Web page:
By Mugurel Olariu, RPD protectie date

The European for Data Protection Board – EDPB adopted several documents in October 2022, among which we point out the most important of them, as follows:

√ Guideline 9/2022 on personal data breach notification according to GDPR*1.
√ Statement 04/2022 on design options for a digital euro from the perspective of privacy and data protection*2.
√ a List of procedural aspects that are proposed to be harmonized at the level of the European Union, to ensure the effectiveness of the application of the General Data Protection Regulation*3.

Next, we present a selection of the aspects developed by the mentioned tools:

Guideline 9/2022 regarding the notification of personal data breaches according to the GDPR:
➣ Represents an updated version of the Guide on the notification of personal data security breaches under Regulation 2016/679, adopted on October 3, 2017 by GL 29, revised on February 6, 2018 by GL 29 – WP 250 rev.01. The document is in the public consultation phase until November 28, 2022.
➣ It is also based on Opinion no. 3/2014 regarding the notification of personal data security breach of GL 29 – WP 213, adopted on March 25, 2014.
➣ The 11 identified examples and 15 quotes from the content of the GDPR are reproduced, for a better correlation of the practical aspects with the regulation.
The annex shows A. Chart on notification requirements and B. Examples of personal data security breaches and who must notify them. It is important to note that: The following non-exhaustive examples will assist operators in determining whether to notify the breach in various personal data breach scenarios. These examples can also help to distinguish between risk and high risk to the rights and freedoms of individuals.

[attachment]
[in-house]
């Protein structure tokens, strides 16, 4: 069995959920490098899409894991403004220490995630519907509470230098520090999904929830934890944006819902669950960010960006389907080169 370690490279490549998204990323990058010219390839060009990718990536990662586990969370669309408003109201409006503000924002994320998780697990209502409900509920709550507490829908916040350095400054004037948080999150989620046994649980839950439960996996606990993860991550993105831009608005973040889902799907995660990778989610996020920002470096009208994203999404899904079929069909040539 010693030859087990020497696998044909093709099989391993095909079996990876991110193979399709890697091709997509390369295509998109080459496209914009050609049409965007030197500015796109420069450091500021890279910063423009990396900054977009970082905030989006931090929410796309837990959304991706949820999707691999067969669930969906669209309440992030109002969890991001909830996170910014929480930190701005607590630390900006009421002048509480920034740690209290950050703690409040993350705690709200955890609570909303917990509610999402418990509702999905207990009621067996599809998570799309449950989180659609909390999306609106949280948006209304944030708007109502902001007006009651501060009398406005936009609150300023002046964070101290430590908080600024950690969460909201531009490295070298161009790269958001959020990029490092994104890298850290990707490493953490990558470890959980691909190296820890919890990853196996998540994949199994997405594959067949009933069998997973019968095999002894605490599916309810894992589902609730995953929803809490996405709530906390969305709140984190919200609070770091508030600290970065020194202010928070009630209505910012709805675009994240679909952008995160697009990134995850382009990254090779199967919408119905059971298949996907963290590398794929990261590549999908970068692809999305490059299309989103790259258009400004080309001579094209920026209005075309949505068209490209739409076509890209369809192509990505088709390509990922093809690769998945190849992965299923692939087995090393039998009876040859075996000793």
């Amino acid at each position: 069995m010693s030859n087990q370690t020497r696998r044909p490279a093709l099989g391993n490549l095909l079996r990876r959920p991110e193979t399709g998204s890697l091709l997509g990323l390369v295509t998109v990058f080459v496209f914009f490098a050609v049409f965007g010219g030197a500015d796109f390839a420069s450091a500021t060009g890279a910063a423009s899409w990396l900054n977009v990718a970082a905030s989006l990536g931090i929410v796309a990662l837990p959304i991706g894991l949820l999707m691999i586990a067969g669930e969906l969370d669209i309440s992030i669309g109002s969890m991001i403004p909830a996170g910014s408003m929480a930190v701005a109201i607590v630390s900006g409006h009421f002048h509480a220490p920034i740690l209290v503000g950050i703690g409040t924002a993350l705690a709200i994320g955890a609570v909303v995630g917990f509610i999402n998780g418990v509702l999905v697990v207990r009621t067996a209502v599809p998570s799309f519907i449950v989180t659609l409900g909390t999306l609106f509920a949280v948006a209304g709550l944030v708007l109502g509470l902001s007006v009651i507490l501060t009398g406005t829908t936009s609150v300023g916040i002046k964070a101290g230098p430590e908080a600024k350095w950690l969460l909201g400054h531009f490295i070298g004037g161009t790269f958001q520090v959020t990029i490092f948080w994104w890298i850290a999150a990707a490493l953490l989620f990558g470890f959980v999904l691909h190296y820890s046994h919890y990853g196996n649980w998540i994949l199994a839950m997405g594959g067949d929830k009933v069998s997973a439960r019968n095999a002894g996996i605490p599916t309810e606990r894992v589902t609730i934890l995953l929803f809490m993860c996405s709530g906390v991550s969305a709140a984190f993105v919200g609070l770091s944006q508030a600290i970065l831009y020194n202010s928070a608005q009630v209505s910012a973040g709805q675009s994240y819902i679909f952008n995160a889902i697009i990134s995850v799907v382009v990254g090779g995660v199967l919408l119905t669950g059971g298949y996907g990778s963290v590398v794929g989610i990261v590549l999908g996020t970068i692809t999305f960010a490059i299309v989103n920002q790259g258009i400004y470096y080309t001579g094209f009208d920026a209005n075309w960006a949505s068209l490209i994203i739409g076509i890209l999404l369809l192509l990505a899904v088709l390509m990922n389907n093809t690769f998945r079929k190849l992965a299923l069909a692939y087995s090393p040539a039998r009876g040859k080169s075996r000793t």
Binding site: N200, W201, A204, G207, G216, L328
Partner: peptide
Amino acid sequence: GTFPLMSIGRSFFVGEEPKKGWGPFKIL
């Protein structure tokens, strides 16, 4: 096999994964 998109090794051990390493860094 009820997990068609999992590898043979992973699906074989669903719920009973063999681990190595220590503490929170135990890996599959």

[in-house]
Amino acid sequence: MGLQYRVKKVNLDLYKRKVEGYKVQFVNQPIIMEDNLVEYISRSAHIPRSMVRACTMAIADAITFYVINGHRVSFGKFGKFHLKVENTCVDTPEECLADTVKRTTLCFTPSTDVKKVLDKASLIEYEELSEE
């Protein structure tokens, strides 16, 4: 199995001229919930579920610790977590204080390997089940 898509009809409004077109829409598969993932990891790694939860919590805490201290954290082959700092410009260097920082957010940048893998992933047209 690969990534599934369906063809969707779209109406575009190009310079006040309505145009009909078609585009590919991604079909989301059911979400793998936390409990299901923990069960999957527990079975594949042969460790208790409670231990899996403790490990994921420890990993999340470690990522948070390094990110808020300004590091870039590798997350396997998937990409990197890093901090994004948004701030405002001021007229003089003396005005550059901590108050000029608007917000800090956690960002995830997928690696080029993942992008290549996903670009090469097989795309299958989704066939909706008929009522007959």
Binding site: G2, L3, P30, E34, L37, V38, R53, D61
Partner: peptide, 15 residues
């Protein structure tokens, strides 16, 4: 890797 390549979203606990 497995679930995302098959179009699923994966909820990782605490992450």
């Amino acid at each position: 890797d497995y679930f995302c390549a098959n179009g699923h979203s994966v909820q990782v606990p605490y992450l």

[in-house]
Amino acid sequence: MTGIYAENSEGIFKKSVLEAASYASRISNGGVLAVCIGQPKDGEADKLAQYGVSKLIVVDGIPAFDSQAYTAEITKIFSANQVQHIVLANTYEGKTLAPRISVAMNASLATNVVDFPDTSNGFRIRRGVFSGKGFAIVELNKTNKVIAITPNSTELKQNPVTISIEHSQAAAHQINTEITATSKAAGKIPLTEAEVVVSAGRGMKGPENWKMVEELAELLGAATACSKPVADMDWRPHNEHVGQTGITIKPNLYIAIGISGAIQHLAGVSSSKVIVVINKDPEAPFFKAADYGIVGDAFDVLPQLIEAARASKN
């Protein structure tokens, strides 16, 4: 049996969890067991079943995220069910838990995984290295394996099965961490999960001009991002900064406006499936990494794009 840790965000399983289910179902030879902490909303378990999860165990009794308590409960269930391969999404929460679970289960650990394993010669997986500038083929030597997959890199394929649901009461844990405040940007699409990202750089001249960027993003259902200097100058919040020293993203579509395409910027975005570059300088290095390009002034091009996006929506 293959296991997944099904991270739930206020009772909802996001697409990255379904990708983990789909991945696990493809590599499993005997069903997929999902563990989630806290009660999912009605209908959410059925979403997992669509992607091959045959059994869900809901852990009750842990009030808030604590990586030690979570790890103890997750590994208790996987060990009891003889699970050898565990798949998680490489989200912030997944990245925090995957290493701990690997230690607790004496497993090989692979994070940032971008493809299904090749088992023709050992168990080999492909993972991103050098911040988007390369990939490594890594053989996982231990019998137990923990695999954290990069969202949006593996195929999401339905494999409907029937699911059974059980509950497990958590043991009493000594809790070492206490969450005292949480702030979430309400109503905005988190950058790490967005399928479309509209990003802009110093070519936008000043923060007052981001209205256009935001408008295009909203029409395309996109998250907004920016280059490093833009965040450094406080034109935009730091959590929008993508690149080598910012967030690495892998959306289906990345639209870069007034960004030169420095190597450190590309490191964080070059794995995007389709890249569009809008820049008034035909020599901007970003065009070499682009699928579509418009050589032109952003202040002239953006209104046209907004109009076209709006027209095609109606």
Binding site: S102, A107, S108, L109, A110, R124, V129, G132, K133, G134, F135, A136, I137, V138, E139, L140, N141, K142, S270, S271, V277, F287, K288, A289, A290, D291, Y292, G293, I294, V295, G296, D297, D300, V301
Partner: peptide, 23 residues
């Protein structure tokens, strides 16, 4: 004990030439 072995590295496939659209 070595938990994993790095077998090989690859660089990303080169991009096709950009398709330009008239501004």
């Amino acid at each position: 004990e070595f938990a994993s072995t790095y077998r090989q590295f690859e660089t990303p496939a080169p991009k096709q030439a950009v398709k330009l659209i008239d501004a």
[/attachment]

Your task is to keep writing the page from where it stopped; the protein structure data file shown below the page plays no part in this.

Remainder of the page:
Statement 04/2022 on design options for a digital euro from a privacy and data protection perspective. Data protection aspects refer to:

Privacy and data protection by design and default – preliminary, the EDPB reminds that a very high standard of privacy and protection of data, in line with public expectations expressed by citizens, is crucial to ensure the trust of European citizens in the future digital euro, representing a key success factor of the project. Compared to physical cash and its beneficial properties for privacy and freedoms, it is certain that the distinctive value proposition for a digital euro in an already highly competitive and efficient payment landscape would be its high level of privacy, which is the responsibility of the public sector to offer and would be a decisive trigger in its adoption by EU citizens. For this reason, a digital euro should be designed as close as possible to physical cash.
Avoid systematic validation and tracking of transactions – EDPB notes that the “baseline scenario” chosen by the ECB would be the development of a form of digital euro available online and with transactions validated by a third party. Such a design choice would entail full transparency of certain personal data (including transaction data) to the third party for AML/CFT purposes. The introduction of an offline modality with private transactions and holdings for lower-value proximity payments and a “selective privacy”5 approach for the online modality, where only high-value transactions are subject to AML/CFT checks, are described as “beyond baseline” and need further investigation.